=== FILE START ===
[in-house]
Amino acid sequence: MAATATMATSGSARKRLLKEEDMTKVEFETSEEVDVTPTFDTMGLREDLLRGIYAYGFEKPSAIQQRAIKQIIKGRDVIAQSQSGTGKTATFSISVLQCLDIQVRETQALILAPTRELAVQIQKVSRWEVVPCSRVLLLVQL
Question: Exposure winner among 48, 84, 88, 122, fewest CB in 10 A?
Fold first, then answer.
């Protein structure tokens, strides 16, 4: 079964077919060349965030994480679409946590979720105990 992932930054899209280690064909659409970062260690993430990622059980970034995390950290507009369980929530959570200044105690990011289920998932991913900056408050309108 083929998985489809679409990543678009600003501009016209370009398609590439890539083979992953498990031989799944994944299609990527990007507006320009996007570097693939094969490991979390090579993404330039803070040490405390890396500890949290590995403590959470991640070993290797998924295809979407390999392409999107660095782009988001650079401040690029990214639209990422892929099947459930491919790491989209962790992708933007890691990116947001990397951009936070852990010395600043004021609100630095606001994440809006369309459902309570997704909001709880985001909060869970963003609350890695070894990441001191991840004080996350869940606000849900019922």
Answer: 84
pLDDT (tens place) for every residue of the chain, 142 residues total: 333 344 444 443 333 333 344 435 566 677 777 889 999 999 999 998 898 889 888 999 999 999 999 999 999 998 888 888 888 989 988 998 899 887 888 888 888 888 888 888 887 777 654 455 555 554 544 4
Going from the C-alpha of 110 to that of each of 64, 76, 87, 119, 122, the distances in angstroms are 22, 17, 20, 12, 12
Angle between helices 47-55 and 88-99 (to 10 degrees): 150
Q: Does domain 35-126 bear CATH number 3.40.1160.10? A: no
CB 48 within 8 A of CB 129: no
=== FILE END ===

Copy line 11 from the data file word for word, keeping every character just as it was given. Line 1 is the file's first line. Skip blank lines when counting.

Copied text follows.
CB 48 within 8 A of CB 129: no